Evergreen tree to 20 m tall; shoots grey brown, glabrescent. Buds reddish, long-pointed, c. 10 mm. Petiole slender, 1–3 cm, glabrous. Leaf ovate-lanceolate, 4–7 × 1.5–2.5 cm, rounded at the base and with long slender tip; leathery, shiny and glabrous; plane, with inconspicuous veins; flushing pale bronze and maturing to a dark green, with greyish undersides; usually hanging; usually entire. Male inflorescence globose, 5–6 mm wide, usually with several arranged in a panicle; anthers bright magenta red; bracts 4 or 5, ovate-lanceolate, c. 8 mm, brown-pubescent. Female inflorescence solitary or racemose, with 5–6 flowers; peduncle slender, erect, pubescent, 2–3 cm. Seed head obconical, 1.5–2 cm wide, with a cuneate base. (Zhang, Zhang & Endress 2003).
Distribution China Fujian, E Guangdong, Hainan, S Zhejiang
Habitat Evergreen forests, 400–1000 m asl.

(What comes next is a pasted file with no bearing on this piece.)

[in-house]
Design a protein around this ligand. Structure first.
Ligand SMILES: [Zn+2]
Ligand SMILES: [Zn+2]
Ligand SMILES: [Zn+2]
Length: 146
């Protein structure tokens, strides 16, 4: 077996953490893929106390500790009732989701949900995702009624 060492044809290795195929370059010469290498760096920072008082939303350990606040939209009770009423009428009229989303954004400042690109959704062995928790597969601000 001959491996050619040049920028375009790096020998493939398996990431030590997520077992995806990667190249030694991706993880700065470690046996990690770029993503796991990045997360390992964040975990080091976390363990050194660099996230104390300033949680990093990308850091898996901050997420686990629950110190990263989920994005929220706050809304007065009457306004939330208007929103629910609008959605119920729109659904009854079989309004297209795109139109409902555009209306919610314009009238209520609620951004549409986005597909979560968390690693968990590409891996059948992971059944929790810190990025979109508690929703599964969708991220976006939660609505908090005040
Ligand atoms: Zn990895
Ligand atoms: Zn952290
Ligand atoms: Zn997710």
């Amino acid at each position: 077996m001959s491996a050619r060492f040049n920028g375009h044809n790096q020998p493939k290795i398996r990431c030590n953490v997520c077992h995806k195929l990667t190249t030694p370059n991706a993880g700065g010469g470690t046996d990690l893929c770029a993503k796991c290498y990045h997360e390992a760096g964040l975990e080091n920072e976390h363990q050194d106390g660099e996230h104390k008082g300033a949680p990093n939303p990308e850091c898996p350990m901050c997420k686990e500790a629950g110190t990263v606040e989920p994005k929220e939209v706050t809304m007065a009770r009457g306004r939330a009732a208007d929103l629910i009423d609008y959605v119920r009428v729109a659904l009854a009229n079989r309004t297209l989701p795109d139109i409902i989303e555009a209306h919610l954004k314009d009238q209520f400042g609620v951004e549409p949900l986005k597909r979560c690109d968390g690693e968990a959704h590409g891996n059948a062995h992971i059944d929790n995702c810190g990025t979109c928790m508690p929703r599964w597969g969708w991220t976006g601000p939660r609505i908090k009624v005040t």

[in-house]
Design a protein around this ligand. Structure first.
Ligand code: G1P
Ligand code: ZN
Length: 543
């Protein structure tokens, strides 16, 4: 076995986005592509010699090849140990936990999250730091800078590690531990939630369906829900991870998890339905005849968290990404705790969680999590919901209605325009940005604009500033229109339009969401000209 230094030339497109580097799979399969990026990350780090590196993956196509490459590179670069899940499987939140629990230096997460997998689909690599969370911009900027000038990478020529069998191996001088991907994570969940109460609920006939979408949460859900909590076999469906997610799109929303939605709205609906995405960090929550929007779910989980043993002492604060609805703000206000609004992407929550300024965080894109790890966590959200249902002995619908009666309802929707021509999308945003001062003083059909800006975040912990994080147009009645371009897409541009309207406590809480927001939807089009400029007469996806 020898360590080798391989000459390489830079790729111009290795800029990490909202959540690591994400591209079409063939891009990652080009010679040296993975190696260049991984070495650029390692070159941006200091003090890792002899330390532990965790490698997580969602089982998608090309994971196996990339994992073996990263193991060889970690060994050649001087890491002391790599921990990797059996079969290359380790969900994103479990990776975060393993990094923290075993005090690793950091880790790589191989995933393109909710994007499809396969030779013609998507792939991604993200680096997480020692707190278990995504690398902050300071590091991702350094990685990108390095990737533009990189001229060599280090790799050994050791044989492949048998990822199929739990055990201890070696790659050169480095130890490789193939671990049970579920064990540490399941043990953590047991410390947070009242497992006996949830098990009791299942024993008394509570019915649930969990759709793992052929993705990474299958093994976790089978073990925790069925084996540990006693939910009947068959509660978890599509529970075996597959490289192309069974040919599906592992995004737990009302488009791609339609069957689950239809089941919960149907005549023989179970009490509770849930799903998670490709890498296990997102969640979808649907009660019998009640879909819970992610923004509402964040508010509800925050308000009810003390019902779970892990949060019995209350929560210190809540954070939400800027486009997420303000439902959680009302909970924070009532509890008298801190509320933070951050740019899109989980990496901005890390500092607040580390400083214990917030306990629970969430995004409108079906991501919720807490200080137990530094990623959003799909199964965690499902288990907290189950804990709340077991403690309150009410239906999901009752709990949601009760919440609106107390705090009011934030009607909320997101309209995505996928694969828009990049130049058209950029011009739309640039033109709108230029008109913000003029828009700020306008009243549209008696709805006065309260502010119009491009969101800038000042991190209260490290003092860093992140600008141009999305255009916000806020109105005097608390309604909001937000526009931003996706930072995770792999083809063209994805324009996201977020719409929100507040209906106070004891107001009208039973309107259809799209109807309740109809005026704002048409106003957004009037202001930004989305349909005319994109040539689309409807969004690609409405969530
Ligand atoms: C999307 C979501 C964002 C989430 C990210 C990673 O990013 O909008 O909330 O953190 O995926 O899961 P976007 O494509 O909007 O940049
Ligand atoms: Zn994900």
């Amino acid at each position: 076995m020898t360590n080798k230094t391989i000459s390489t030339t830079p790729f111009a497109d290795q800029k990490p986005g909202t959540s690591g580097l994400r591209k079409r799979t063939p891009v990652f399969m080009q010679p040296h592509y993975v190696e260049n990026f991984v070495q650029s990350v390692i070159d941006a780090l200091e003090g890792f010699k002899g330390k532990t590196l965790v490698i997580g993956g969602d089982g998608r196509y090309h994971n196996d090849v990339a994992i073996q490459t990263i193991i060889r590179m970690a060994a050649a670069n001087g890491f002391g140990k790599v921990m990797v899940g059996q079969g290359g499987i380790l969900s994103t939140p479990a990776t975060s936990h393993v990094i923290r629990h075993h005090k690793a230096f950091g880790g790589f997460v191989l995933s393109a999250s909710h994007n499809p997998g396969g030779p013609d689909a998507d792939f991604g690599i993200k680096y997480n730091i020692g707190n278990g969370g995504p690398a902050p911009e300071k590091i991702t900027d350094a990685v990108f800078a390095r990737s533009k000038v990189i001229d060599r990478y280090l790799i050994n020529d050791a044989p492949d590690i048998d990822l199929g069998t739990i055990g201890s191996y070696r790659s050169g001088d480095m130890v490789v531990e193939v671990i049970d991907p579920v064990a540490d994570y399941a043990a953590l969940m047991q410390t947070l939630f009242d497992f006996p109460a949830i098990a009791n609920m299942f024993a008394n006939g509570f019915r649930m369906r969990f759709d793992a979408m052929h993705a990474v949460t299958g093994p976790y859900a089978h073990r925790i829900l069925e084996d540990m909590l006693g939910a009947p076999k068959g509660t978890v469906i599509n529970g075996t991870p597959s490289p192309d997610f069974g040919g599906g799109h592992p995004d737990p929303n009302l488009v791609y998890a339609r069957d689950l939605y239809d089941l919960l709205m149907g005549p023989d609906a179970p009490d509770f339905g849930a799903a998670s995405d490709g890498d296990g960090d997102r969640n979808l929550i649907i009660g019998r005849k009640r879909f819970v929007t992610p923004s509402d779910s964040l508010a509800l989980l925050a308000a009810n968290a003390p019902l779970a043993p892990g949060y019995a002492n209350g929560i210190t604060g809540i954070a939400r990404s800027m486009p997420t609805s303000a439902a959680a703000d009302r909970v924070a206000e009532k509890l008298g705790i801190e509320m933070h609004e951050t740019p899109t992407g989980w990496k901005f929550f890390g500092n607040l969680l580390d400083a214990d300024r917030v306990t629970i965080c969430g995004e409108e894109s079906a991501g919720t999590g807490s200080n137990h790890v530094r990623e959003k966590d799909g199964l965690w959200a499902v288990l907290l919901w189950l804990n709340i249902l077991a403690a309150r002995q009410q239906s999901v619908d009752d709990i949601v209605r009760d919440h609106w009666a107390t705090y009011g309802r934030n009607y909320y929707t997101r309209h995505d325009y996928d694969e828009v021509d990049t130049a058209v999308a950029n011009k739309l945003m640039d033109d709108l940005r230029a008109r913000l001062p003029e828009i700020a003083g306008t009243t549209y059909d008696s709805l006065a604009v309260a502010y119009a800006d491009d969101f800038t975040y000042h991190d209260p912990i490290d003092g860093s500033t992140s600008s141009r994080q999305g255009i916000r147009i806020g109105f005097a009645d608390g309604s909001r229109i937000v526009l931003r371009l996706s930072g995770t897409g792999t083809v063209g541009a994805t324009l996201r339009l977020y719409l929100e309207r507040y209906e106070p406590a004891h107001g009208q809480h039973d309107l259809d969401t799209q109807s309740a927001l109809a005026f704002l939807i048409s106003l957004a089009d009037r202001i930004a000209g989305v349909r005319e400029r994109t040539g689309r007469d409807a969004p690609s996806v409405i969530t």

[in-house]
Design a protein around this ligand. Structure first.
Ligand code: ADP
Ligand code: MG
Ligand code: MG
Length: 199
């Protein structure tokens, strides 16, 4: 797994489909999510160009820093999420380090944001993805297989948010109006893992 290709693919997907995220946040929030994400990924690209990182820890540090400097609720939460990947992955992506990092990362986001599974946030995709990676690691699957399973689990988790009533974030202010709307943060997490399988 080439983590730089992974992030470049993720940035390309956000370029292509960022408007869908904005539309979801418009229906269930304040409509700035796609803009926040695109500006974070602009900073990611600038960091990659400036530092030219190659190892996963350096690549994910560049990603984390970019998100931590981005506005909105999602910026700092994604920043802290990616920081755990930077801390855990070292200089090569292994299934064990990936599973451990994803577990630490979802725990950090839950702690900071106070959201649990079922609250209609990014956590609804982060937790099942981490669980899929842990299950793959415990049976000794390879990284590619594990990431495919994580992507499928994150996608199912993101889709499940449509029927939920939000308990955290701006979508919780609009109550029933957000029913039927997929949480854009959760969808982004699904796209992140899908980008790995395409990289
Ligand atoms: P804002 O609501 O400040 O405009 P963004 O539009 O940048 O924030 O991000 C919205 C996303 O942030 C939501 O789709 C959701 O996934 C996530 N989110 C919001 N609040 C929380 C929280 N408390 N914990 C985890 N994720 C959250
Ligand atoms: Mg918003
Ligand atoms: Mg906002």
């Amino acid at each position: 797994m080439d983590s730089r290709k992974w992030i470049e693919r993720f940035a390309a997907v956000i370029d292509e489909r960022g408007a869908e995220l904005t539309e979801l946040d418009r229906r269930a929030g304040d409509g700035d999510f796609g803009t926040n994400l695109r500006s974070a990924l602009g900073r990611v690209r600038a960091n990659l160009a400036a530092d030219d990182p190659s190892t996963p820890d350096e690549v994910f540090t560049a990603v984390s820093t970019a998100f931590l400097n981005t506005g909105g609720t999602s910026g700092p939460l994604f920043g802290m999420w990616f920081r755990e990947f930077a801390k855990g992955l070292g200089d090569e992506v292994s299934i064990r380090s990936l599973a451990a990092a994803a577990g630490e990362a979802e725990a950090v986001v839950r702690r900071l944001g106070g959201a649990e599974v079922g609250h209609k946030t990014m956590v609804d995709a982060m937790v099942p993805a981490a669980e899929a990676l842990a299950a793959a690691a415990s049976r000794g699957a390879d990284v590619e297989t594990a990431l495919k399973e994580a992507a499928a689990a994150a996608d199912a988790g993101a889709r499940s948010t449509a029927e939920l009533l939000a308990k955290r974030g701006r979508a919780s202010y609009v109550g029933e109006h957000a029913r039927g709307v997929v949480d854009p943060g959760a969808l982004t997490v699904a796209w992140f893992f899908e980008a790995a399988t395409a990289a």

USDA Hardiness Zone 9
RHS Hardiness Rating H3
Conservation status Not evaluated (NE)
With its thick, glossy, evergreen, lanceolate leaves, which are untoothed and have long drip-tips to shed tropical rain, this tree is likely to get filed away in the back of a dendrologist’s mind with hundreds of remarkably similar-looking but unrelated ‘laurels’ from the rich forests of southern China, rather than with its temperate cousins. Like most of these evergreens, it is an elegant tree if not a showy one; the male flowers, held in erect panicles and with brilliant magenta crimson stamens, are certainly attractive, as is the small seed head, held erect above the foliage on the long, slender stalk that is commemorated in the specific name.
Liquidambar gracilipes was offered for sale in the United Kingdom by Pan-Global Plants around 2006 (Royal Horticultural Society 2006) (as Altingia gracilipes) but was never very likely to be successful outdoors in this country. It is likely to succeed better in the American Deep South.
Like the deciduous Liquidambar species, the bark is tapped in China, and the resin is used in medicine and perfumery (Zhang, Zhang & Endress 2003).